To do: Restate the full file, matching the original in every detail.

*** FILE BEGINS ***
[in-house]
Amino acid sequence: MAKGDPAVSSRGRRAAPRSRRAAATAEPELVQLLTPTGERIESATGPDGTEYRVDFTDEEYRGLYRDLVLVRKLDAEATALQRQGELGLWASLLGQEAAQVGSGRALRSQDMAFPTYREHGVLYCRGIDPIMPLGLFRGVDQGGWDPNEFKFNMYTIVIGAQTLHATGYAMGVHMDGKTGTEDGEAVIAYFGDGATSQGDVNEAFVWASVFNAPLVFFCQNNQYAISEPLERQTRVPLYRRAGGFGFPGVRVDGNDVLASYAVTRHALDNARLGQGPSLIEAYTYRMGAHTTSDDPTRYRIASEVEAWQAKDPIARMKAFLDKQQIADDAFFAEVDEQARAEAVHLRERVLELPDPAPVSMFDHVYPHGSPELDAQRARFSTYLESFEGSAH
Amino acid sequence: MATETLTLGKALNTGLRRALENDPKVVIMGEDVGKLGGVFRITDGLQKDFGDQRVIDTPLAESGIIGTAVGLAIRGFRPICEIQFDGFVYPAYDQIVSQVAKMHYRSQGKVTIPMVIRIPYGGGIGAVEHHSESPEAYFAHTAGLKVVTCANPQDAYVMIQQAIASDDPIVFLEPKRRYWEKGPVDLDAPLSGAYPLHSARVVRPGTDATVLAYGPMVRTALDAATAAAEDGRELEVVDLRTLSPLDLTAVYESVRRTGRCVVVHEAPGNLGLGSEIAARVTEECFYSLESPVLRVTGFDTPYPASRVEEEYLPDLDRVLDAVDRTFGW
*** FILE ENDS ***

[in-house]
Amino acid sequence: MAKGDPAVSSRGRRAAPRSRRAAATAEPELVQLLTPTGERIESATGPDGTEYRVDFTDEEYRGLYRDLVLVRKLDAEATALQRQGELGLWASLLGQEAAQVGSGRALRSQDMAFPTYREHGVLYCRGIDPIMPLGLFRGVDQGGWDPNEFKFNMYTIVIGAQTLHATGYAMGVHMDGKTGTEDGEAVIAYFGDGATSQGDVNEAFVWASVFNAPLVFFCQNNQYAISEPLERQTRVPLYRRAGGFGFPGVRVDGNDVLASYAVTRHALDNARLGQGPSLIEAYTYRMGAHTTSDDPTRYRIASEVEAWQAKDPIARMKAFLDKQQIADDAFFAEVDEQARAEAVHLRERVLELPDPAPVSMFDHVYPHGSPELDAQRARFSTYLESFEGSAH
Amino acid sequence: MATETLTLGKALNTGLRRALENDPKVVIMGEDVGKLGGVFRITDGLQKDFGDQRVIDTPLAESGIIGTAVGLAIRGFRPICEIQFDGFVYPAYDQIVSQVAKMHYRSQGKVTIPMVIRIPYGGGIGAVEHHSESPEAYFAHTAGLKVVTCANPQDAYVMIQQAIASDDPIVFLEPKRRYWEKGPVDLDAPLSGAYPLHSARVVRPGTDATVLAYGPMVRTALDAATAAAEDGRELEVVDLRTLSPLDLTAVYESVRRTGRCVVVHEAPGNLGLGSEIAARVTEECFYSLESPVLRVTGFDTPYPASRVEEEYLPDLDRVLDAVDRTFGW